I'm designing a database structure for a system at which an entity can have a dynamic set of user-defined meta attributes. The meta fields (e.g.: popularity, conversion etc.) and skill values (int, boolean or string) are dynamically entered by admins.

At the end of the data population, the admin will be able to create queries to filter out the entities based on meta values.

Normally, I would follow wordpress's DB structure of having meta table of the following structure.

Meta => id, entitiy_id, meta_key, meta_data_type, meta_value

However, I'm concerned about the performance and the query-ability of the data since I expect it to be more intensive. Not to mention that I'll be using mysql for the DBMS.

Please advice if there is a better practice than this. If not, is there any pitfalls that I should take note of before I develop this structure.


To my knowledge there are these 2 ways you can go:

  1. If you want performance, simpler queries, easier programming, then you should make a second table with your ID as foreign key and make there a column for each of your properties that you want to store. For any new attribute you would have to change the database schema, what might be a major drawback.

  2. The above won't work, if you need flexibility in your database schema (because your meta properties are not known in advance or are point to change), but it will add to your code and queries complexity (depending on your framework/application) and also lead to poor performance compared to the first alternative. Poor performance can be compensated to a certain extent with more hardware, but that's expensive.

It's a trade off between the two. You must judge your application scenario and decide what you need most and what is a absolute no-go. Then decide on the remaining criteria what you want to use.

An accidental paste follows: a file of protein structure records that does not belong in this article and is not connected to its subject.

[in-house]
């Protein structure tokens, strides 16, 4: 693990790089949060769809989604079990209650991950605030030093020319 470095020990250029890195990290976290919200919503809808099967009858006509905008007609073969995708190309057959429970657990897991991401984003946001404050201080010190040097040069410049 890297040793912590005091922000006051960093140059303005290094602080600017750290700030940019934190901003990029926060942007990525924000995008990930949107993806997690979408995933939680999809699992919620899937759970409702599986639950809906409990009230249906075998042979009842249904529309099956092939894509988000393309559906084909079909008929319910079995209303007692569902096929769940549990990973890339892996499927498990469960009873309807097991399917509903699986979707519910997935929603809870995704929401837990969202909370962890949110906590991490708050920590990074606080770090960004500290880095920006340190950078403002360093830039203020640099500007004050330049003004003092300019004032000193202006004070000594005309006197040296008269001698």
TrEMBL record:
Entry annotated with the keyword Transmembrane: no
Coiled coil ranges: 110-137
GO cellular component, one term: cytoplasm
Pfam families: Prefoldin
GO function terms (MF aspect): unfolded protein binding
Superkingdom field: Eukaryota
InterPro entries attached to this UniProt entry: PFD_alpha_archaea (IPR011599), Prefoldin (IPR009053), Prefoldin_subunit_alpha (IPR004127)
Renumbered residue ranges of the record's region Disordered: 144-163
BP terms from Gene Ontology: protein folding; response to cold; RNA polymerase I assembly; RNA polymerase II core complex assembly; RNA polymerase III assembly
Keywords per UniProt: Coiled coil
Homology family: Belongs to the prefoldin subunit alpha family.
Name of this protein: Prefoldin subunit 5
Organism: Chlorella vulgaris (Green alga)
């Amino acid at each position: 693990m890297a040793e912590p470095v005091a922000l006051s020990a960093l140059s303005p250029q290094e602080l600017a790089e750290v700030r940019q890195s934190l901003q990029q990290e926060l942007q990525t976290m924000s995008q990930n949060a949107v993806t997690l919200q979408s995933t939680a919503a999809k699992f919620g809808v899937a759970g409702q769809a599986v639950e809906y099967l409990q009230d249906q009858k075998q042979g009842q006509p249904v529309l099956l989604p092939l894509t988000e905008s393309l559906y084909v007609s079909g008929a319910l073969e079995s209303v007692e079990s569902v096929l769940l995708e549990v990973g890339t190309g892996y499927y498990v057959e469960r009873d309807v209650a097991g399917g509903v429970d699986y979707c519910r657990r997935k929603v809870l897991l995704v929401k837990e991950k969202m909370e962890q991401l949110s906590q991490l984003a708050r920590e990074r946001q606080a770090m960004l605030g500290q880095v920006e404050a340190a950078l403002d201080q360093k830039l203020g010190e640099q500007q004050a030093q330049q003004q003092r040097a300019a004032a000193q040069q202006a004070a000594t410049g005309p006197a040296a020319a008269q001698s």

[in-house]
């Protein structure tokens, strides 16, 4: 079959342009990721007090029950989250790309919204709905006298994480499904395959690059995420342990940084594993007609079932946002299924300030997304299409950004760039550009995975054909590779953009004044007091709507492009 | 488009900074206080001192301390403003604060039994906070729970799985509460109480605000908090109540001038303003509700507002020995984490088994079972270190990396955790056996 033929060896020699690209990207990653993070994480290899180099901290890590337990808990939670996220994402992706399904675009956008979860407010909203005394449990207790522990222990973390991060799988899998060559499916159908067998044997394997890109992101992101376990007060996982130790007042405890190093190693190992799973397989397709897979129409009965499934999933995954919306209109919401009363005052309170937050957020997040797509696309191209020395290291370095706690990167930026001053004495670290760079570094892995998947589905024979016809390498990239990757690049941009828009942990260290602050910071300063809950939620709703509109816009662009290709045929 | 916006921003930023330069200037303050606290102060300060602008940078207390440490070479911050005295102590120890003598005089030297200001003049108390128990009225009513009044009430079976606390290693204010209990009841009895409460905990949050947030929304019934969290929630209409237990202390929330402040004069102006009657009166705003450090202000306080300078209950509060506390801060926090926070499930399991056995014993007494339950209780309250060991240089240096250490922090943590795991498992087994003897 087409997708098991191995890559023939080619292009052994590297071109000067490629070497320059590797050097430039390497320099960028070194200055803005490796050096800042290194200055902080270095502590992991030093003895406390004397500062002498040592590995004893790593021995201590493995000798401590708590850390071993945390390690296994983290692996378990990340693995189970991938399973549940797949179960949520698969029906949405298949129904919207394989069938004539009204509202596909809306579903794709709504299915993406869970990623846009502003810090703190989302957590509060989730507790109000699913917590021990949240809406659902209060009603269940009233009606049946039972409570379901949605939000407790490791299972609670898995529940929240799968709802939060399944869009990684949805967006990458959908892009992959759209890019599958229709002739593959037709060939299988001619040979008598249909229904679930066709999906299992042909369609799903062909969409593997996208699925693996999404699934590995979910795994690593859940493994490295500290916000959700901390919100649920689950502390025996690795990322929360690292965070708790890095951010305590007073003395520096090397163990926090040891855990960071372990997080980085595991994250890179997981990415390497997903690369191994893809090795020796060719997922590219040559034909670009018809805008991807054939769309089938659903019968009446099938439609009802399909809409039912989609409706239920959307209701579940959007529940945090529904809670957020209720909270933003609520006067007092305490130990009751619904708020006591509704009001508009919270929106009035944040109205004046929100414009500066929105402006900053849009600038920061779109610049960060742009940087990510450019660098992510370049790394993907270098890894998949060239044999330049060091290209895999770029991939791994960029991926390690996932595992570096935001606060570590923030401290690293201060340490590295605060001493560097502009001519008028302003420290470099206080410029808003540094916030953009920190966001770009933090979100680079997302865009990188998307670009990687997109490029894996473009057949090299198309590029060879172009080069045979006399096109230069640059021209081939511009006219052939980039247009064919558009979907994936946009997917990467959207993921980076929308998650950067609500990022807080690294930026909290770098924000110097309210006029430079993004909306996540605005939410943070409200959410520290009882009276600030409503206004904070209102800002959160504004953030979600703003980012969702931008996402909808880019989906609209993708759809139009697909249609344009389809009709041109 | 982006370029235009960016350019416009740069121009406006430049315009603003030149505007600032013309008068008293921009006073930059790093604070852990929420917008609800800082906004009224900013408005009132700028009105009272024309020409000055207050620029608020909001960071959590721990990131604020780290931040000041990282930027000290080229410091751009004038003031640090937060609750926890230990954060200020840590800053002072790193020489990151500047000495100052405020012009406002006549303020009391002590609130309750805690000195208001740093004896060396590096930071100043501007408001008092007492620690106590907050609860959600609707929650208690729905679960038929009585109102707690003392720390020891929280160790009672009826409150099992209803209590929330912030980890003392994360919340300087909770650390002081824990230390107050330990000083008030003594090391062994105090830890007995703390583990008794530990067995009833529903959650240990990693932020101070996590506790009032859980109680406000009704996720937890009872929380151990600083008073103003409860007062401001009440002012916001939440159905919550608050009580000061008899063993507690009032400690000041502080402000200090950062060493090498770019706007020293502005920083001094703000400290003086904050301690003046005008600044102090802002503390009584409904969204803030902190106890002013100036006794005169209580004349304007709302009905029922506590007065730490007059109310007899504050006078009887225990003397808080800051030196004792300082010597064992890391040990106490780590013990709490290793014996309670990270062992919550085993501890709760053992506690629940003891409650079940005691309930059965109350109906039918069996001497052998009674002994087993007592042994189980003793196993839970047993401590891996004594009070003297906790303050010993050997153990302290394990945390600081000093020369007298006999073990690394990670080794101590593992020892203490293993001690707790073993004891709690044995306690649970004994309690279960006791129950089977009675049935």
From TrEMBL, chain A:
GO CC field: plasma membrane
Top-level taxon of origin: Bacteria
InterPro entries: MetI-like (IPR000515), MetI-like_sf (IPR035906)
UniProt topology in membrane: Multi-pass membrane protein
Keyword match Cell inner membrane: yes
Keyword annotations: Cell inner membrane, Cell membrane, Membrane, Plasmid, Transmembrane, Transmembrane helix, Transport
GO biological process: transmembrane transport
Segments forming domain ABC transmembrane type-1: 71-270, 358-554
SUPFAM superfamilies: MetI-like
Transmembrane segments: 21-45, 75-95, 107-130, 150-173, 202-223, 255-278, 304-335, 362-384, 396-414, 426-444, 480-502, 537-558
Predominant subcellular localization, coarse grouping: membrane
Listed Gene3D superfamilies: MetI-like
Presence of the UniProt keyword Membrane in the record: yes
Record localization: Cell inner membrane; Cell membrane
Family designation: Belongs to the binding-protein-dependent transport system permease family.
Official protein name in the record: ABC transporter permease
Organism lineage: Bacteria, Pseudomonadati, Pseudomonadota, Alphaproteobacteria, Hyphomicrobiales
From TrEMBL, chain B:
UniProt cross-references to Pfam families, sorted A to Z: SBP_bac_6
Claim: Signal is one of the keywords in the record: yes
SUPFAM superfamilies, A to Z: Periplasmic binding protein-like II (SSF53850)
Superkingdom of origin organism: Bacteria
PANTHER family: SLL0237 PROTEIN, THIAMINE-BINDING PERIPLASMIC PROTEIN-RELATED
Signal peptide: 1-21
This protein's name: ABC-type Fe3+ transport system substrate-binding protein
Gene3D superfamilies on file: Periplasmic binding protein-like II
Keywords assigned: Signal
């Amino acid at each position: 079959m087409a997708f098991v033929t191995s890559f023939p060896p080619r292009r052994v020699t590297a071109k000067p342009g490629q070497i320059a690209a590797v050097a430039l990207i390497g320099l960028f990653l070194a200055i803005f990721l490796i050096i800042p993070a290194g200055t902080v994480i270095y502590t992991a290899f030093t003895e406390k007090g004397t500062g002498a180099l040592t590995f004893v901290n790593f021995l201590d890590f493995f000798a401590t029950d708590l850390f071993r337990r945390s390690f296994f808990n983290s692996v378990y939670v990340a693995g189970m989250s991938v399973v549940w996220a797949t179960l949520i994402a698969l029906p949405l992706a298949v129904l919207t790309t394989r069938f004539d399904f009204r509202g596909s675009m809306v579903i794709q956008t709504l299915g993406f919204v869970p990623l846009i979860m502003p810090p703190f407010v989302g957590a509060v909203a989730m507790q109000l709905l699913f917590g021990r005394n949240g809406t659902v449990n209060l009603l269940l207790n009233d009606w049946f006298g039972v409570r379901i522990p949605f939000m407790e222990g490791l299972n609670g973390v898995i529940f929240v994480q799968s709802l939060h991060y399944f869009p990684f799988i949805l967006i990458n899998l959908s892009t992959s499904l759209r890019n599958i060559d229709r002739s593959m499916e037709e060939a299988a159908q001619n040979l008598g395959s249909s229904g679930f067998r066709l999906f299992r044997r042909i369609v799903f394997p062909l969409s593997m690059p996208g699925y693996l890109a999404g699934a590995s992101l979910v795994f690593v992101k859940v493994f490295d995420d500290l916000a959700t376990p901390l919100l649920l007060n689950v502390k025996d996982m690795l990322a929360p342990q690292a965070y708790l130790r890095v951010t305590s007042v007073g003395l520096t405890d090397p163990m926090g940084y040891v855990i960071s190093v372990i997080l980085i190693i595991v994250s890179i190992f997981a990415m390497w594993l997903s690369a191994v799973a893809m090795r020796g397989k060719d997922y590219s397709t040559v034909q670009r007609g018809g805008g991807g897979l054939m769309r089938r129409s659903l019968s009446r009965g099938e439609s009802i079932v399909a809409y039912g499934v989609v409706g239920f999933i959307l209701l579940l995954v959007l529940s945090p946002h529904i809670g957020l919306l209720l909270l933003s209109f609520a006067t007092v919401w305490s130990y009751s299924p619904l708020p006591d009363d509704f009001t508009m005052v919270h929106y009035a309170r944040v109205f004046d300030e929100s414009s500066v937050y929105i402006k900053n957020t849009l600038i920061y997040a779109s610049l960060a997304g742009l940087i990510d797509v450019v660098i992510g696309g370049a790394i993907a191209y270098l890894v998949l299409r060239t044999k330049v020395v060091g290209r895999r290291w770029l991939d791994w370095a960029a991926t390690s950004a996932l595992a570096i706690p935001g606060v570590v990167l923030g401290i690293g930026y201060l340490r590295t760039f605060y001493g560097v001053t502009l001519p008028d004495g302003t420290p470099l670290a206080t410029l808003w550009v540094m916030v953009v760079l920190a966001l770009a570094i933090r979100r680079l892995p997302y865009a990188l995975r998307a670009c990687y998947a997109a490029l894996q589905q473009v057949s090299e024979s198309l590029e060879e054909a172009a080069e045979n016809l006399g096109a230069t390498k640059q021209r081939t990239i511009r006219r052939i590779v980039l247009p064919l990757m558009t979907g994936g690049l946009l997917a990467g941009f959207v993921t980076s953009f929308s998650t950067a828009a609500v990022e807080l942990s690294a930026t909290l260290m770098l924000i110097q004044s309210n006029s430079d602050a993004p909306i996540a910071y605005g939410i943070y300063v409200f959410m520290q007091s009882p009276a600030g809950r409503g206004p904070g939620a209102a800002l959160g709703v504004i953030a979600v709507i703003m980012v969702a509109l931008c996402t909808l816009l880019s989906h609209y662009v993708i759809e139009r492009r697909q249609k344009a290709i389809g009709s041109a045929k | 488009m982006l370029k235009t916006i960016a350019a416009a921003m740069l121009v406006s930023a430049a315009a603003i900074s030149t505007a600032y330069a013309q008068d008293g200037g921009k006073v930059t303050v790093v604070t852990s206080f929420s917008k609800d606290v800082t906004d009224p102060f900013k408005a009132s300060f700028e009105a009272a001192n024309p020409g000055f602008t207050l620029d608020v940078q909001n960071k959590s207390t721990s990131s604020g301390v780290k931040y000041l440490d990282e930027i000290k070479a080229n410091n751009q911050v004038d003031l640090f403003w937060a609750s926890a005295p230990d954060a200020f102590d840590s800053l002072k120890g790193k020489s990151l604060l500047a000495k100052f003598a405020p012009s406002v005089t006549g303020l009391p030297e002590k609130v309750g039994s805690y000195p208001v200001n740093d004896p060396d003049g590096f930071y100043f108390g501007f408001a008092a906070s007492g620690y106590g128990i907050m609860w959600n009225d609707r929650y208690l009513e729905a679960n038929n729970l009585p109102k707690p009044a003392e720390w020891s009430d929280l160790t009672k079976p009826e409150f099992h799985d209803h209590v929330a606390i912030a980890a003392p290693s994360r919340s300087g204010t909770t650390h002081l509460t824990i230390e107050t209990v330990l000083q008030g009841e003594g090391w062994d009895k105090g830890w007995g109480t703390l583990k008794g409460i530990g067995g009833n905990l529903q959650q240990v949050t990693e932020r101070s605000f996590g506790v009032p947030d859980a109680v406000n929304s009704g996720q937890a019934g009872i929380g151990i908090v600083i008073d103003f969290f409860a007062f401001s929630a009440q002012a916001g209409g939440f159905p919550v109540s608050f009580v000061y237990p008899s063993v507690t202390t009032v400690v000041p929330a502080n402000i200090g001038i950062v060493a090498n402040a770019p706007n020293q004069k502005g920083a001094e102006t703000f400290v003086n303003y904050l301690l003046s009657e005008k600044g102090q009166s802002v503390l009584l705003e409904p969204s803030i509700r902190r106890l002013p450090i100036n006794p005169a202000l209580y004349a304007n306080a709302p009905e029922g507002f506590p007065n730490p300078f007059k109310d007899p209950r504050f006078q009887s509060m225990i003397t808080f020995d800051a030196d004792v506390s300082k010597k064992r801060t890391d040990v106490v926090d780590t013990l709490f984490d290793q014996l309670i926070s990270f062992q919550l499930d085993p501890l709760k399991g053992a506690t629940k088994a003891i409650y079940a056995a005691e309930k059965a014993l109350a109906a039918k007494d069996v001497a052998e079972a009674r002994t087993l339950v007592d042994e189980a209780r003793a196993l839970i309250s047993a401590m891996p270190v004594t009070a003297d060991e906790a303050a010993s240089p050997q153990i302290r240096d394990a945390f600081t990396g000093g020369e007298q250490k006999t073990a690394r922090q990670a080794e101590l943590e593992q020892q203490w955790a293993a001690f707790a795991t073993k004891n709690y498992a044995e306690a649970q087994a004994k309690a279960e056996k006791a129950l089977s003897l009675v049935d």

I have seen and used both ways I mentioned above, and must say the second one worked better for me (didn't have high volume querying though), even if it is a antipattern from a SQL / database normalization point of view. However, we aren't payed for nice SQL database designs, but for working applications.


I would seriously advise against this design. Its a database anti-pattern called the Entity Attribute Value pattern.

Here are some posts as to why:



A better approach would be to start with the columns/attributes you have and add them at a later stage.

You can run ALTER TABLE statements to make the changes later and there are tools to do this in an "online" manner as well.


Other things you can do is use a document-based database or XML. You can also store XML documents in MySQL in blob/text files, but you lose a lot of benefits this way.

  • 3
    I can understand your argument against it. Which is the main reason I have asked this question at all. However, I'm having no other option to implement such a dynamic-meta based structure. And you didn't contribute either.
    – mmhan
    Sep 20 '11 at 2:18
  • made changes with recommendations
    – Jonathan
    Sep 20 '11 at 12:49

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